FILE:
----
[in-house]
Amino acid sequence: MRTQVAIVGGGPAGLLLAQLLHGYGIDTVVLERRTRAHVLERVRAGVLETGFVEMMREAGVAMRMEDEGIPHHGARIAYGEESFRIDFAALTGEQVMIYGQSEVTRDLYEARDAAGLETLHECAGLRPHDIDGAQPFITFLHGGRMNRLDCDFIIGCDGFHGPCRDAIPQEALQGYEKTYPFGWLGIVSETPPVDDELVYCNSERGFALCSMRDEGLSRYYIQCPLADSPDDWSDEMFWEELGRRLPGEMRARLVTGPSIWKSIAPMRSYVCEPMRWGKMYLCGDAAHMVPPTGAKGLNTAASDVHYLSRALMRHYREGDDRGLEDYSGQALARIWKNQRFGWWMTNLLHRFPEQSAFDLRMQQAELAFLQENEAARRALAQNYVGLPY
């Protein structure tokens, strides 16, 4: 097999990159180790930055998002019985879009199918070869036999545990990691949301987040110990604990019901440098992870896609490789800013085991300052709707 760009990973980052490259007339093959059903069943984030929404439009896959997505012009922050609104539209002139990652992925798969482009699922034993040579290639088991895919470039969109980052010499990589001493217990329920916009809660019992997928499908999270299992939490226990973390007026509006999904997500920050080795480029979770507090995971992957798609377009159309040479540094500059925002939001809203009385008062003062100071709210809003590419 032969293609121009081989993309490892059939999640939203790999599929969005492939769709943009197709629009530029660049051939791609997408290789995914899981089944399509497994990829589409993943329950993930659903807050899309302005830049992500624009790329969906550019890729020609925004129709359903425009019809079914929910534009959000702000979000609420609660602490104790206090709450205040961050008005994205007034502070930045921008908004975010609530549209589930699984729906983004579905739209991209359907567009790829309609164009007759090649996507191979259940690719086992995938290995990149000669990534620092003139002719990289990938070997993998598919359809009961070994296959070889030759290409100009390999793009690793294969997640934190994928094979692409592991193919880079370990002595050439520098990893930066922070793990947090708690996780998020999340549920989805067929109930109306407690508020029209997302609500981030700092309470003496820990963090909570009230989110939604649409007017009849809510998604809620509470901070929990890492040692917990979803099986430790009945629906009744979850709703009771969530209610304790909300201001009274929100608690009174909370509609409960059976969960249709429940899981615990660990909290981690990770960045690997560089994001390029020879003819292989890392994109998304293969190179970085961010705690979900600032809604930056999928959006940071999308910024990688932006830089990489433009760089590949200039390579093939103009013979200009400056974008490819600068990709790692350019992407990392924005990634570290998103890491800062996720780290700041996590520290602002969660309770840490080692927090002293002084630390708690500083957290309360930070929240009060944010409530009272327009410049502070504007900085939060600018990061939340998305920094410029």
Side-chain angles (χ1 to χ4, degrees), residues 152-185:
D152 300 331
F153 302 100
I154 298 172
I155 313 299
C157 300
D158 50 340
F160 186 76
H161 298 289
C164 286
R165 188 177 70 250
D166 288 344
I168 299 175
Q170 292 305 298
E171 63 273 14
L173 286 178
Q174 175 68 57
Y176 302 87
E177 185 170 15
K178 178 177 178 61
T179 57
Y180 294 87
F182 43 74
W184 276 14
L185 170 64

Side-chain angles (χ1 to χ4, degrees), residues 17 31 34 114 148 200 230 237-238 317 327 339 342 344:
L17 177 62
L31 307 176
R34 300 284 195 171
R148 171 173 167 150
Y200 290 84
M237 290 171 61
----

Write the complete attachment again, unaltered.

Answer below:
[in-house]
Amino acid sequence: MRTQVAIVGGGPAGLLLAQLLHGYGIDTVVLERRTRAHVLERVRAGVLETGFVEMMREAGVAMRMEDEGIPHHGARIAYGEESFRIDFAALTGEQVMIYGQSEVTRDLYEARDAAGLETLHECAGLRPHDIDGAQPFITFLHGGRMNRLDCDFIIGCDGFHGPCRDAIPQEALQGYEKTYPFGWLGIVSETPPVDDELVYCNSERGFALCSMRDEGLSRYYIQCPLADSPDDWSDEMFWEELGRRLPGEMRARLVTGPSIWKSIAPMRSYVCEPMRWGKMYLCGDAAHMVPPTGAKGLNTAASDVHYLSRALMRHYREGDDRGLEDYSGQALARIWKNQRFGWWMTNLLHRFPEQSAFDLRMQQAELAFLQENEAARRALAQNYVGLPY
């Protein structure tokens, strides 16, 4: 097999990159180790930055998002019985879009199918070869036999545990990691949301987040110990604990019901440098992870896609490789800013085991300052709707 760009990973980052490259007339093959059903069943984030929404439009896959997505012009922050609104539209002139990652992925798969482009699922034993040579290639088991895919470039969109980052010499990589001493217990329920916009809660019992997928499908999270299992939490226990973390007026509006999904997500920050080795480029979770507090995971992957798609377009159309040479540094500059925002939001809203009385008062003062100071709210809003590419 032969293609121009081989993309490892059939999640939203790999599929969005492939769709943009197709629009530029660049051939791609997408290789995914899981089944399509497994990829589409993943329950993930659903807050899309302005830049992500624009790329969906550019890729020609925004129709359903425009019809079914929910534009959000702000979000609420609660602490104790206090709450205040961050008005994205007034502070930045921008908004975010609530549209589930699984729906983004579905739209991209359907567009790829309609164009007759090649996507191979259940690719086992995938290995990149000669990534620092003139002719990289990938070997993998598919359809009961070994296959070889030759290409100009390999793009690793294969997640934190994928094979692409592991193919880079370990002595050439520098990893930066922070793990947090708690996780998020999340549920989805067929109930109306407690508020029209997302609500981030700092309470003496820990963090909570009230989110939604649409007017009849809510998604809620509470901070929990890492040692917990979803099986430790009945629906009744979850709703009771969530209610304790909300201001009274929100608690009174909370509609409960059976969960249709429940899981615990660990909290981690990770960045690997560089994001390029020879003819292989890392994109998304293969190179970085961010705690979900600032809604930056999928959006940071999308910024990688932006830089990489433009760089590949200039390579093939103009013979200009400056974008490819600068990709790692350019992407990392924005990634570290998103890491800062996720780290700041996590520290602002969660309770840490080692927090002293002084630390708690500083957290309360930070929240009060944010409530009272327009410049502070504007900085939060600018990061939340998305920094410029």
Side-chain angles (χ1 to χ4, degrees), residues 152-185:
D152 300 331
F153 302 100
I154 298 172
I155 313 299
C157 300
D158 50 340
F160 186 76
H161 298 289
C164 286
R165 188 177 70 250
D166 288 344
I168 299 175
Q170 292 305 298
E171 63 273 14
L173 286 178
Q174 175 68 57
Y176 302 87
E177 185 170 15
K178 178 177 178 61
T179 57
Y180 294 87
F182 43 74
W184 276 14
L185 170 64

Side-chain angles (χ1 to χ4, degrees), residues 17 31 34 114 148 200 230 237-238 317 327 339 342 344:
L17 177 62
L31 307 176
R34 300 284 195 171
R148 171 173 167 150
Y200 290 84
M237 290 171 61